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The Importance of Forgiveness

In the days of the Roman emperor Valerian (253-259 A.D.), there lived in Antioch two inseparable friends, Nikephoros and the priest Saprikios.

They loved each other to such an extent that people considered them brothers by blood. But the enemy of humanity, the devil, managed to have them quarrel, so that they began to hate each other.

Several years after their falling out, there broke out an overall persecution of Christians, and the priest Saprikios, as a servant of the Church, was one of the first to be arrested.

The executioners tried using tortures to make the priest renounce Christ, but he courageously endured all torments.

Upon hearing that his former friend had been arrested and would soon be put to death, Nikephoros felt sorry for having quarrelled with him.

He rushed to the place of punishment, in order to make amends with the future martyr in Christ. But the priest Saprikios ignored all pleas for forgiveness.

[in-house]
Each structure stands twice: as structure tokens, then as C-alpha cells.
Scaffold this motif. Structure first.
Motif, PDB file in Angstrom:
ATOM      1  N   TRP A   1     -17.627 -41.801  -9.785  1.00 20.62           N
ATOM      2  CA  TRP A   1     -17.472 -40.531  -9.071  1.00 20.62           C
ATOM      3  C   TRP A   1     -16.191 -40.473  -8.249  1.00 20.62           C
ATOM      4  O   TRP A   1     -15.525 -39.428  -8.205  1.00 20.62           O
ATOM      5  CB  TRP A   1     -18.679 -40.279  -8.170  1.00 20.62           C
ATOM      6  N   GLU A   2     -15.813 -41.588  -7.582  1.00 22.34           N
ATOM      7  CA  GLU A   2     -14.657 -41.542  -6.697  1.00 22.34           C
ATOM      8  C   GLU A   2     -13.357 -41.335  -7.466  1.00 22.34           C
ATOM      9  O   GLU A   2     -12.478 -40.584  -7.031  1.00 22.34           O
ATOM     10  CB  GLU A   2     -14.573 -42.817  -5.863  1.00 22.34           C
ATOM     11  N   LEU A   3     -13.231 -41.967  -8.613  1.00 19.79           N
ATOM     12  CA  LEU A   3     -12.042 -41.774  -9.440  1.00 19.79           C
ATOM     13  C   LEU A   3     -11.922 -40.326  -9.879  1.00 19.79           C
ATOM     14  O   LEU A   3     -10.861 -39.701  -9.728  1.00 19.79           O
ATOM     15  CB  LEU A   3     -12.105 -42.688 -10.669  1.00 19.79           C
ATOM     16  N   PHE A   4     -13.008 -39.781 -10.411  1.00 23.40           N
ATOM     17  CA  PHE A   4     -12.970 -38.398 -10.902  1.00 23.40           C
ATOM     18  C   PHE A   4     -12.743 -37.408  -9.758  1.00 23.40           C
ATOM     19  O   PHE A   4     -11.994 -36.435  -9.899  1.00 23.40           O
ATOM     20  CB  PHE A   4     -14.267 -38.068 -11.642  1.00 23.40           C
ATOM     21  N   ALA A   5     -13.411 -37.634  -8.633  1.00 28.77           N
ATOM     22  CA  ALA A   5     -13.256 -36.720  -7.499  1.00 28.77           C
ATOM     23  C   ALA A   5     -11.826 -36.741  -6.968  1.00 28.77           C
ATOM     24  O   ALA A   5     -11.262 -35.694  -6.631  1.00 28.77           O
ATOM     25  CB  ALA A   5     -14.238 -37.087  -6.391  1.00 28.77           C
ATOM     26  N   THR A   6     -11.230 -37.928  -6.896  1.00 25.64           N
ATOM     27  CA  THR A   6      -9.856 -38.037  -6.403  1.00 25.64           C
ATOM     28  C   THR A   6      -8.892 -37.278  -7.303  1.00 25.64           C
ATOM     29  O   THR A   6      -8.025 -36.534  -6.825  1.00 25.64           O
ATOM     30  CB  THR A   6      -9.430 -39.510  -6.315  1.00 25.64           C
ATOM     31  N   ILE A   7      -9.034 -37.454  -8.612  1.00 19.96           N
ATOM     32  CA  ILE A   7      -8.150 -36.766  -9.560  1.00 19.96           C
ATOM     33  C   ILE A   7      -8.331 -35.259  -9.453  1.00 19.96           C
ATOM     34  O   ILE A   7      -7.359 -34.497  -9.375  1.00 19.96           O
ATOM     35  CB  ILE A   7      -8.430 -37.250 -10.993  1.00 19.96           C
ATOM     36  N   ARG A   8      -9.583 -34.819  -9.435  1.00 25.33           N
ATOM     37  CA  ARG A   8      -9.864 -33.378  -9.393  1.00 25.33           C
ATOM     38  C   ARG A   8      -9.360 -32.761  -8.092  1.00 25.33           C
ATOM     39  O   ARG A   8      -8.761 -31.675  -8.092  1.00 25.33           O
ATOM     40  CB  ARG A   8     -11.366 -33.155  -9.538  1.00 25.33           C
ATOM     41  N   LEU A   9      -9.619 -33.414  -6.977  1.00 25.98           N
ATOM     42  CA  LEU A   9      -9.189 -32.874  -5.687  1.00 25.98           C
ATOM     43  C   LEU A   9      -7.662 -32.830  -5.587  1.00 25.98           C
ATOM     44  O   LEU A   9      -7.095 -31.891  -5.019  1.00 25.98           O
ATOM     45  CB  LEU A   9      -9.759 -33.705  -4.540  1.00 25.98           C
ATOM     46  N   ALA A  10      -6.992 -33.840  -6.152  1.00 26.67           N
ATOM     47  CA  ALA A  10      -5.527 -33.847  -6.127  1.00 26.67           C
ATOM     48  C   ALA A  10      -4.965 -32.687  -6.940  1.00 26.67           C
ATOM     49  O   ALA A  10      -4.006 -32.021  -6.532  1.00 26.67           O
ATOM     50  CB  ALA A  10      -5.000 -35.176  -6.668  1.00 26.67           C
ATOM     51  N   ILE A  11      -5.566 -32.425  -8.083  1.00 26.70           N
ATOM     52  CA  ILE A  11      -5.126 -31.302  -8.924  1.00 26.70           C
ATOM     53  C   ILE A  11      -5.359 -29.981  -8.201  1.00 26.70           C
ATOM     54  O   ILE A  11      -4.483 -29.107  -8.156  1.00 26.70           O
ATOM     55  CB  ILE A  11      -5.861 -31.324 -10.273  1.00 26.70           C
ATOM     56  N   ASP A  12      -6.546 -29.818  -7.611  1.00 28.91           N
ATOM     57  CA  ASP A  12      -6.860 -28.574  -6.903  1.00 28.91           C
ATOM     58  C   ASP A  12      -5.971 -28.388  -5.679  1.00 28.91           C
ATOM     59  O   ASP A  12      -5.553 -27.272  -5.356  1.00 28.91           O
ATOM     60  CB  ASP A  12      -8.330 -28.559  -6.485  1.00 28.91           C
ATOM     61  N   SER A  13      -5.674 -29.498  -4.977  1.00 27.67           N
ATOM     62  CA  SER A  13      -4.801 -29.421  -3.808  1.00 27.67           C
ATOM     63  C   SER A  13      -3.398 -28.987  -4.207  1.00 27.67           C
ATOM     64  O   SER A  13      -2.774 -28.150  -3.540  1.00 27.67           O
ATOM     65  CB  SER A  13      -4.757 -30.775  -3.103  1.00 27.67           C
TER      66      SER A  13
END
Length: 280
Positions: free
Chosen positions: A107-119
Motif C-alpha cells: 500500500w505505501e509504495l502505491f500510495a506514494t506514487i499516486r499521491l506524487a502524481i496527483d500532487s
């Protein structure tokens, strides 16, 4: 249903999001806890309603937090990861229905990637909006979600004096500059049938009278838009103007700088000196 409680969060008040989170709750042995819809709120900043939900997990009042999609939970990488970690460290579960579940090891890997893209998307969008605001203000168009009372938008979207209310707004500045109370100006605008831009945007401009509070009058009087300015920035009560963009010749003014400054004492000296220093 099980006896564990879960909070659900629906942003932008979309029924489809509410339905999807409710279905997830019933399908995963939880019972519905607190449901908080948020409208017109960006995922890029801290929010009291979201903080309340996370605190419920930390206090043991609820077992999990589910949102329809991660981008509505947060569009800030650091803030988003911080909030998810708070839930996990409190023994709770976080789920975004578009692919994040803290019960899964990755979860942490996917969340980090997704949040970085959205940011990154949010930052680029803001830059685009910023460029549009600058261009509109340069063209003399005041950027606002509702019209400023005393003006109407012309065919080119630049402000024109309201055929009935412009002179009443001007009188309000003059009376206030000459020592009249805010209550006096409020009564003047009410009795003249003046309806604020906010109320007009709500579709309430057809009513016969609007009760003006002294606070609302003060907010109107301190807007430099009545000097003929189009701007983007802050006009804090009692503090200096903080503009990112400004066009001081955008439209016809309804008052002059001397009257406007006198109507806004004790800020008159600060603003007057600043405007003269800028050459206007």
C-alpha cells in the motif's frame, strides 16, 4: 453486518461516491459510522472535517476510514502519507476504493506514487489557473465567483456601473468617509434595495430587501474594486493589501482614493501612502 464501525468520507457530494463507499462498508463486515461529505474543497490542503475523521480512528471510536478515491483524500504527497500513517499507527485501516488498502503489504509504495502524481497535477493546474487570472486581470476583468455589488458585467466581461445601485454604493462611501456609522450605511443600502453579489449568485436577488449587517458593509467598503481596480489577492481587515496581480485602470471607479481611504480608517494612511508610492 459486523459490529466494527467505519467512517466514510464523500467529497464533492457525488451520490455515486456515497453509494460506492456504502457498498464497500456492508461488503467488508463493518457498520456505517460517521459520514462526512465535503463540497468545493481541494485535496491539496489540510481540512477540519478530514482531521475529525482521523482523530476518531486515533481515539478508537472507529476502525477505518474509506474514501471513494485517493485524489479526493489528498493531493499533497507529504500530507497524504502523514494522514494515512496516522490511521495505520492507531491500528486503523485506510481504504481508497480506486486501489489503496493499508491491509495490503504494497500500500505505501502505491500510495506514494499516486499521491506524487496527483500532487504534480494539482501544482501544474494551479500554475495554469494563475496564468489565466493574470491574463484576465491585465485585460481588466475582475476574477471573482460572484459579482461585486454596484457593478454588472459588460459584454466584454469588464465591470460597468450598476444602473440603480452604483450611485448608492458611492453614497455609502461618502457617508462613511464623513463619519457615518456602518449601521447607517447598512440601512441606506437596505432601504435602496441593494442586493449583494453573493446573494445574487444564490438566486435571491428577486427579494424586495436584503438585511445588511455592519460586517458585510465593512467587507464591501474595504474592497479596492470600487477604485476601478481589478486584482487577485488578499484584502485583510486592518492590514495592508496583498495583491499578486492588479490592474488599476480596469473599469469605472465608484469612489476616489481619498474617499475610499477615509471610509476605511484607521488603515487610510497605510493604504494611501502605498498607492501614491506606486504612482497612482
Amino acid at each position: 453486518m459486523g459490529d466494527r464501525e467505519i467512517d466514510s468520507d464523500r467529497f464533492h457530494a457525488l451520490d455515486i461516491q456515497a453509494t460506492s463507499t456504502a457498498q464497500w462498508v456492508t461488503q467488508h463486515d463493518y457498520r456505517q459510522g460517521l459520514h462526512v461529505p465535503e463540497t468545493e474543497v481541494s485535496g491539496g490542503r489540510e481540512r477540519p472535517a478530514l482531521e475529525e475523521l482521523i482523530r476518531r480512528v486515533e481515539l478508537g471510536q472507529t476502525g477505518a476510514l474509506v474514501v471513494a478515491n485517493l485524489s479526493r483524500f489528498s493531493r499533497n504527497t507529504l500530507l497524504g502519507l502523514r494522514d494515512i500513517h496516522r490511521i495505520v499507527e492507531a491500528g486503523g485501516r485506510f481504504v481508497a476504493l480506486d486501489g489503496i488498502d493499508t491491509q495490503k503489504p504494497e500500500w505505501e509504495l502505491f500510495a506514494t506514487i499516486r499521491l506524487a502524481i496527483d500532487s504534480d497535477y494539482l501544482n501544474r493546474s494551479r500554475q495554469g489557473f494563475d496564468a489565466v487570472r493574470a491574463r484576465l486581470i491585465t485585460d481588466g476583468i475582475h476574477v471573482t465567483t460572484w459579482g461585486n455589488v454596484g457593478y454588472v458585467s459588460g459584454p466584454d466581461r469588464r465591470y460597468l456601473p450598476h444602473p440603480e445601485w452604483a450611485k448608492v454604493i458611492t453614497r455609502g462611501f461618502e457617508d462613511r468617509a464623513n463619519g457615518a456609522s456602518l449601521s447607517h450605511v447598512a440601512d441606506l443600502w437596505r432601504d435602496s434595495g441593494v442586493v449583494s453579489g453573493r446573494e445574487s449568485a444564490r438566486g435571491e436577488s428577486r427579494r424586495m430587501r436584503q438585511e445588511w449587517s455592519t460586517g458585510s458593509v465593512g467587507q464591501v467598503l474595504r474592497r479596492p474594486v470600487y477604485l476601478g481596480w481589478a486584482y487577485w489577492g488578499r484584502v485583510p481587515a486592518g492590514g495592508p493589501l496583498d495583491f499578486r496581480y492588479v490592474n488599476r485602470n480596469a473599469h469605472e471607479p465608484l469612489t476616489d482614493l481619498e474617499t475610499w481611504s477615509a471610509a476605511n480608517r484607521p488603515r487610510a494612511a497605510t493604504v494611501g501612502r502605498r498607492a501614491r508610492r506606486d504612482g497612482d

In distress, Nikephoros fell on his knees. He began to beg Father Saprikios to forgive him, even if only in Christ’s name.

Instead of answering, the priest haughtily turned away from him. Even the executioners were surprised at his stubbornness, and advised Nikephoros to stop demeaning himself before the proud man.

Saprikios was led to the block with the sword raised above his head, when something unexpected occurred: he was overcome by panic and fear, and, leaping up, began to wave his arms and cry: “Do not kill me! I will bring an offering to the gods immediately!”

The executioners were stunned into immobility. Nikephoros, seeing his former friend, a priest, so basely renounce his faith, cried out for all to hear: “I am a Christian and I scorn your loathsome gods!”

The commander who was overseeing the proceedings ordered the priest to be released, and Nikephoros to be put to death in his place.

Thus the crown of martyrdom, prepared for Saprikios, passed to the head of Nikephoros, whose memory is celebrated by the Church on February 9.

How can one explain the sudden fear of Saprikios, who had courageously suffered all torments up to that moment?

Very simply: the Lord Himself had fortified the priest. But when Saprikios steadfastly refused to be reconciled, God removed His Grace from him.


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